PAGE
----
Wayne Cilento, who has won two Tony Awards for his choreography (Tommy and How To Succeed. . .), is back on Broadway choreographing and directing a musical salute to lyricist Johnny Mercer with the revue Dream
Critics weighed in with their reviews April 3. Here is your chance to add your voice to theirs. Please describe the show in detail: its sets, costumes, dances, orchestrations, and especially the interplay among its stars: Margaret Whiting, Lesley Ann Warren and John Pizzarelli.
Please post your comments -- long or short -- in the Dream topic on the Playbill Message Board.
Please make sure to include your town and state, and (opional) your full e-mail address so you can receive responses.
These are the last reviews that will appear in this space; all future reviews should be posted to the Message Board. Playbill On-Line thanks those who took the time to write: From rschima (email@example.com), New York:
I saw Dream today in NYC and loved it. I am writing this because I have been reading the reviews and have read several times that Dream is essentially geared to older audiences, both because of the music itself and Margaret Whiting's popularity. I understand this reasoning, but I really think the reviewers might want to expand their target audience a bit, or at least take into account that good music can and should be appreciated by people of any age.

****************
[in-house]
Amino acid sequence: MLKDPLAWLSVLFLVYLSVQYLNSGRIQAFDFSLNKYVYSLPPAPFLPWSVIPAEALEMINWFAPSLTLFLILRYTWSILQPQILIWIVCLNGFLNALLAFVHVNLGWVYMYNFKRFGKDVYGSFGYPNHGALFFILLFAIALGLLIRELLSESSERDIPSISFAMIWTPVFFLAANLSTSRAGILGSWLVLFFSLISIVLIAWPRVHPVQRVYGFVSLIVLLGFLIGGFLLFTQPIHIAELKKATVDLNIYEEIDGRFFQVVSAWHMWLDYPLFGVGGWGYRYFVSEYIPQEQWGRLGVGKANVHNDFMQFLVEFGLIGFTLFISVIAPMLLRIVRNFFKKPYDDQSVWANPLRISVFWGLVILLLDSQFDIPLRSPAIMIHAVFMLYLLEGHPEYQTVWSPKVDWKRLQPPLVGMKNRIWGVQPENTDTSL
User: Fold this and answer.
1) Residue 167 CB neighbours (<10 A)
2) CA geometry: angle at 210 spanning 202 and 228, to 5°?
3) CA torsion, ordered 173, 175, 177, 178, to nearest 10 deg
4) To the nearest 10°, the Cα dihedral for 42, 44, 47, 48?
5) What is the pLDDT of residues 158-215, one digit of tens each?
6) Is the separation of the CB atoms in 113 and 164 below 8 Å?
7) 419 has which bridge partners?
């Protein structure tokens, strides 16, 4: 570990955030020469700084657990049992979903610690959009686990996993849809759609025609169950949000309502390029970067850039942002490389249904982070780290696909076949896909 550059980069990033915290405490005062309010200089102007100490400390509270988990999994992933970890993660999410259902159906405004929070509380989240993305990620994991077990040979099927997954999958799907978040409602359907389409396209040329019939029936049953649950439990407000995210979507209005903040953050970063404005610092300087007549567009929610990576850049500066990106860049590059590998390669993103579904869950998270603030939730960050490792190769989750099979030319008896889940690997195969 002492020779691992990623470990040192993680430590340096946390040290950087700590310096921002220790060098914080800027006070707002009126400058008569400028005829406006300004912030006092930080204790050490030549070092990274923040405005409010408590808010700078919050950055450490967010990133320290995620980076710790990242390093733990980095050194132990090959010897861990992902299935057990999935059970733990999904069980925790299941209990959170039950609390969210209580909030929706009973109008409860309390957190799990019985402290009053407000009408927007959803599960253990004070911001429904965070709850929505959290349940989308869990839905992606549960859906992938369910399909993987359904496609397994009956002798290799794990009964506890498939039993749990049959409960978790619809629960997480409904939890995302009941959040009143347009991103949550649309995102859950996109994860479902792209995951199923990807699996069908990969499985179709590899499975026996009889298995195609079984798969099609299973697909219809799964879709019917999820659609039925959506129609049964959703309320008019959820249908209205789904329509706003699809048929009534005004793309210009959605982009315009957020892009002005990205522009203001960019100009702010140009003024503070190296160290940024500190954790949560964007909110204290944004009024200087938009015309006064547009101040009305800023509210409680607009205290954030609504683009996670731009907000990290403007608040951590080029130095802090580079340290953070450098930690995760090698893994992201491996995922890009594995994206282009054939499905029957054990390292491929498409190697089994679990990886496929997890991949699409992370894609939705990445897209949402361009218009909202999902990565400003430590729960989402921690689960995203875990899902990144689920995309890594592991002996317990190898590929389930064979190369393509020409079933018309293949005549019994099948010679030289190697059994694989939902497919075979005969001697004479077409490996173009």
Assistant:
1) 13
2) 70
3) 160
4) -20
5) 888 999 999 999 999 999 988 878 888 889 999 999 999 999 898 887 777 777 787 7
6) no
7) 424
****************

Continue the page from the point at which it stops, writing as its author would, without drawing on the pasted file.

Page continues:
I am 22 and enjoyed Dream very much. The music is fantastic from beginning to end. The choreography is incredible and the dance numbers were some of the best I've ever seen. Lesley Ann Warren has a beautiful voice, is a great dancer, and looks absolutely incredible. John Pizzarreli was not in today's performance but his understudy, Jeffry Denman, was great, as were Margaret Whiting and the entire company. I would see Dream again in a second, and I certainly think that a twenty something crowd would enjoy this musical very much. (6/29/97)
Although the critics were quite unenthusiastic about "Dream," and reviews on this page have been mixed, there is much to be said about this show. If you are a serious student of the American Musical Theater, and especially of music of the 30's, 40's and 50's, "Dream" should be quite appealing to you.
In the performance we saw, Leslie Ann Warren was replaced by Mary Ellen Stuart. Ms. Stuart has quite a good voice and stage presence and her integration into the production was seamless. We were quite impressed with the effort of the cast, and couldn't have wanted a finer performance from any of them. No question, however, that Ms. Whiting's voice has lost some.